Tags

, ,

So, U. S. A. The land of opportunities. The land of dreams. And the land to cycle to your heart’s content, one would presume? Ah well, it depends.

First of all, the rules are extremely cyclist friendly. No doubts about that. And there is a strong push to get the folks to pay attention to the cyclist on the road; across all states.

But then, the streets have a long way to go. America thrives on its roads. The people literally live on the roads using their cars and trucks to do Every. Single. Job. And that, unfortunately is the only bane for a cyclist out here – the roads are designed for the vehicles, not the cyclist. One needs to really pay attention to the road; to speeding cars, the abundant potholes, the infinite number of traffic signals (lol), the lack of street lighting (ironically the well lit streets are the ones with the maximum speed limits, which incidentally are the most risky to cycle!) and so many other factors.

I have only ridden the bike across three states; rather three cities – Pittsburgh,  Washington DC and Chicago (and the suburbs included). All three are considered cyclist-friendly. I’m yet to ride the cycle outside the US or India for that matter to come up on a proper data-backed conclusion; but between the two – I am a LOT less worried and better-off in India than in the US from what I have experienced so far. India has a thriving population since decades that still survives on a cycle for their daily affairs. And the roads are tuned for that mix of cars, bikes and cyclists. So are the people, even in cities that have horrible traffic situations like Mumbai or Bangalore.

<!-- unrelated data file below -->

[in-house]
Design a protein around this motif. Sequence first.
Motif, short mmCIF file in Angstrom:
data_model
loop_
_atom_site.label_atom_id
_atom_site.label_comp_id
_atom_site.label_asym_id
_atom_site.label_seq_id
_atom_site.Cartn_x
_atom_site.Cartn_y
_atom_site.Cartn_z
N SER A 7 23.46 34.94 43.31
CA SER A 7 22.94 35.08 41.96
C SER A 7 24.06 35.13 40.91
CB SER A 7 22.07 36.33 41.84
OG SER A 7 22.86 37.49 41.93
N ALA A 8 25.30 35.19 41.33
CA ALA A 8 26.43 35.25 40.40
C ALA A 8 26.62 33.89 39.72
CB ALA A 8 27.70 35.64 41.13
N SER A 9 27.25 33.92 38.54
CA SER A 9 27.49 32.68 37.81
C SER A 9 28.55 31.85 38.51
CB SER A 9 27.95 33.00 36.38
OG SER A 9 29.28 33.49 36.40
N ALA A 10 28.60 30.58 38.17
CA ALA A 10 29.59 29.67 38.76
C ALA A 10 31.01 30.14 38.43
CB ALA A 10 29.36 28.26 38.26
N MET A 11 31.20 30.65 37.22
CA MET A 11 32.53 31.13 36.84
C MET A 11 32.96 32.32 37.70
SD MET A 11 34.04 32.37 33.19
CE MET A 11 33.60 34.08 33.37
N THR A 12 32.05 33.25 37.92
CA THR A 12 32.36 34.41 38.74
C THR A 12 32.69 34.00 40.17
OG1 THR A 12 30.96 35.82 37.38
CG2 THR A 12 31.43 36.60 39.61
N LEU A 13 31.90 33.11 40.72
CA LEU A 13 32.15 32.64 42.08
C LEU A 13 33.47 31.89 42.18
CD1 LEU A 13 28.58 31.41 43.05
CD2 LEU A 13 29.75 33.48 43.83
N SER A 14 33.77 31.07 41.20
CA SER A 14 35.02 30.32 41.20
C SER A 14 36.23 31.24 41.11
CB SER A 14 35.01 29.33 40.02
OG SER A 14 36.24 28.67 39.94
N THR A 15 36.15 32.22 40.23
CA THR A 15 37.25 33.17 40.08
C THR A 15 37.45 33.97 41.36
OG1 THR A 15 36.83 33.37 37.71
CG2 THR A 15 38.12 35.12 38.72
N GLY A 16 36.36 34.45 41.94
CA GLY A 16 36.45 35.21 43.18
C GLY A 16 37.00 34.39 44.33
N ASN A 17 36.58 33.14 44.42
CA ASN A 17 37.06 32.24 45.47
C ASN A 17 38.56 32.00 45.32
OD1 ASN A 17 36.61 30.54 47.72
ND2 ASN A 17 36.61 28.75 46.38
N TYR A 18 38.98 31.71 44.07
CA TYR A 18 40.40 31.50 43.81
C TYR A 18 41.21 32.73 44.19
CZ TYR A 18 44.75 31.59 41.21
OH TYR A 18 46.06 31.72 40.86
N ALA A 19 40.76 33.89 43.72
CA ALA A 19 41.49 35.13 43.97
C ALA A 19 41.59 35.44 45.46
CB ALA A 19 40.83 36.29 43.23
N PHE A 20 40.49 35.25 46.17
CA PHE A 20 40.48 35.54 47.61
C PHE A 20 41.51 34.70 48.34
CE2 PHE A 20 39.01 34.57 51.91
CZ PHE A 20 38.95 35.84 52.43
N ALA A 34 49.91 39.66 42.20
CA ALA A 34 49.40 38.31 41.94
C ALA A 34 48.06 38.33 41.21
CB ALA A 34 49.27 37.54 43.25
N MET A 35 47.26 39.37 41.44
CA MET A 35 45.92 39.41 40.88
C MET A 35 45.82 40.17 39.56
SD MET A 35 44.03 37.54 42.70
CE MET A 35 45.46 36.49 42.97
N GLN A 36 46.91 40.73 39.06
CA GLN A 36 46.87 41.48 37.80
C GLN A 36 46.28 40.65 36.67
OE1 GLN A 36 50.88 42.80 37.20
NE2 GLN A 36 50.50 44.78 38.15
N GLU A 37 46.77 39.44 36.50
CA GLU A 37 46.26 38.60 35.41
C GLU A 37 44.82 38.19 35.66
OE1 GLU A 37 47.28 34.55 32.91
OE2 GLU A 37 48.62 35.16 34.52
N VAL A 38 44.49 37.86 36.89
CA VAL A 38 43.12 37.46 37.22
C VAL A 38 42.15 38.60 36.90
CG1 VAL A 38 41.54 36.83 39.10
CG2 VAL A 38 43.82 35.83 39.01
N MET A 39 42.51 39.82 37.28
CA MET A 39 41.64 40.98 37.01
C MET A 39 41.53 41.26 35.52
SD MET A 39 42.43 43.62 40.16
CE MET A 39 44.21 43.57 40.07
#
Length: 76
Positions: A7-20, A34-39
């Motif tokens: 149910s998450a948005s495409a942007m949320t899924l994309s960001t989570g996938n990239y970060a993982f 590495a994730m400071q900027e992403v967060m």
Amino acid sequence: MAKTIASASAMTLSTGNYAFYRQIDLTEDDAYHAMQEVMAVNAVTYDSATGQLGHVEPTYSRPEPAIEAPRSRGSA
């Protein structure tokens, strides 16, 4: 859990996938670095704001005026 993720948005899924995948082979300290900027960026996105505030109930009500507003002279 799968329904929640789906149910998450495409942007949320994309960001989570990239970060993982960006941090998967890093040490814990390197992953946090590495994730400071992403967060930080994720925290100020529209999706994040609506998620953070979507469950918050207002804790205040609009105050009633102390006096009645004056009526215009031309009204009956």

On the other side, It’s been only six odd months and about 1000 odd kilometers (ya, I still prefer to go by the metric system) out here in the US. I would love to be proved wrong as I hope to ride a lot more across the countryside and other cities (SFO, here I come!)

Advertisements